The Political Psychology of Cyber Terrorism

Ryan Shandler, Keren L. G. Snider, Daphna Canetti

Research output: Chapter in Book/Report/Conference proceedingChapterpeer-review


This chapter examines the phenomenon of cyberterrorism through the lens of political psychology. The emergence of cyberterrorism as a novel threat has roiled international security and given rise to a new wave of research that seeks to understand how exposure to destructive digital attacks influences political attitudes and behaviour. In this chapter, we review the leading empirical studies that have emerged as part of this new research focus. We begin by presenting a consolidated political psychology model of exposure to cyberterrorism that guides our analysis throughout the chapter. We then apply this model to the two predominant political outcomes that recur in the empirical literature – public confidence and trust in institutions, and foreign policy attitudes. Finally, we pinpoint the key gaps in our understanding of the psycho-political effects of cyberterrorism exposure and propose a research agenda that accounts for the evolving nature of the field.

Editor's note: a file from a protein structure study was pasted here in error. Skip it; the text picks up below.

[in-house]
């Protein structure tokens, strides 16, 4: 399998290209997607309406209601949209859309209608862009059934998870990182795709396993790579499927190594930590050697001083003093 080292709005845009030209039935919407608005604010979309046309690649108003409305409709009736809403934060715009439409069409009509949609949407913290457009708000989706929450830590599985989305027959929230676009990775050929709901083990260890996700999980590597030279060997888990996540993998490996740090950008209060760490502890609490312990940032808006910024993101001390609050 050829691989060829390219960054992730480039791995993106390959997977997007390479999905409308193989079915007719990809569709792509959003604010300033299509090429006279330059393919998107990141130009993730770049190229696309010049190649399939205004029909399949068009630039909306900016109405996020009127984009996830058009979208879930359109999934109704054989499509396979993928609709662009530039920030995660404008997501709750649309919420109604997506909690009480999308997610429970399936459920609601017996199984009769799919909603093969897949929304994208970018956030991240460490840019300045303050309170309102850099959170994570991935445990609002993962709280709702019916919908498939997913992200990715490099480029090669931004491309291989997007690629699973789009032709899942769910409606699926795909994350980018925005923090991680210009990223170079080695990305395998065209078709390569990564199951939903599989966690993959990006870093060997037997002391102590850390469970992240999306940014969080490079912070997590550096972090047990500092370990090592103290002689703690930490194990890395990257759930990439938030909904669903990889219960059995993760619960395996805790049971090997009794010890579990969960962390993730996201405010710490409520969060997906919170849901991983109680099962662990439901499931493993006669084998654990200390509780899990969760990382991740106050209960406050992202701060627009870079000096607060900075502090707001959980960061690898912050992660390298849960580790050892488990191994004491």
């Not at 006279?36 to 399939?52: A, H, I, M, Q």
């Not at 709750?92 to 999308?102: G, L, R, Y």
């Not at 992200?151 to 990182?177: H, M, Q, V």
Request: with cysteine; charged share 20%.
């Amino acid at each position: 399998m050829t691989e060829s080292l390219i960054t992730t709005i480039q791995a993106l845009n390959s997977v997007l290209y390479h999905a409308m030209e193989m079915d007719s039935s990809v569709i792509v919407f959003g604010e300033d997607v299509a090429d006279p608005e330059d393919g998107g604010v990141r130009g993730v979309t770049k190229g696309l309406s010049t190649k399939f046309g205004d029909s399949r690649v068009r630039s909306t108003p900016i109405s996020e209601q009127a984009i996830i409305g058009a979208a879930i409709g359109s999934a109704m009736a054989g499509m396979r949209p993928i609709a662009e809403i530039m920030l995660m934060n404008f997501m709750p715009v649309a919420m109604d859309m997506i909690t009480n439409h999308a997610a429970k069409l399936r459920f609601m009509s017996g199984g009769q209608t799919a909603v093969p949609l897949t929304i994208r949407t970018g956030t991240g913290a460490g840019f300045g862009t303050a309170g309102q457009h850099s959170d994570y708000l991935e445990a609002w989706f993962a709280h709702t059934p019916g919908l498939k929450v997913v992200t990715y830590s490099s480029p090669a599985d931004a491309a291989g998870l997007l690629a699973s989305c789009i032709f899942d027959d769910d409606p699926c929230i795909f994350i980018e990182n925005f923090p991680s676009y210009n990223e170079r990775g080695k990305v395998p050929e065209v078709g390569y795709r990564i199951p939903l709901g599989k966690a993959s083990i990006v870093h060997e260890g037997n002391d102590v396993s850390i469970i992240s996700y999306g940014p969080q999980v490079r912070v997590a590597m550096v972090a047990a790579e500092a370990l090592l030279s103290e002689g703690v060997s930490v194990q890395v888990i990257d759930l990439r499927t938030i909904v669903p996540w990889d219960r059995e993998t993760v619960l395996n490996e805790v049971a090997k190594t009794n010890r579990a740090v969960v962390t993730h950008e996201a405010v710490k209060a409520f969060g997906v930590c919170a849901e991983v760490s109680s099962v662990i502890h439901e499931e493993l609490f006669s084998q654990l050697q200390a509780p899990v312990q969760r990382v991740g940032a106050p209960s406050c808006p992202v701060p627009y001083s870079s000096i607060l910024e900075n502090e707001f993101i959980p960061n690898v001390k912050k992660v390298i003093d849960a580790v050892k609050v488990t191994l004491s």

Original languageEnglish
Title of host publicationThe Cambridge Handbook of Political Psychology
EditorsChris G. Sibley, Danny Osborne
Place of PublicationCambridge
PublisherCambridge University Press
Number of pages17
ISBN (Electronic)9781108779104
ISBN (Print)9781108489638
StatePublished - 2022


  • Cyberterrorism
  • Cybertterror
  • Digital terror
  • Cybersecurity
  • Public confidence
  • Retaliation


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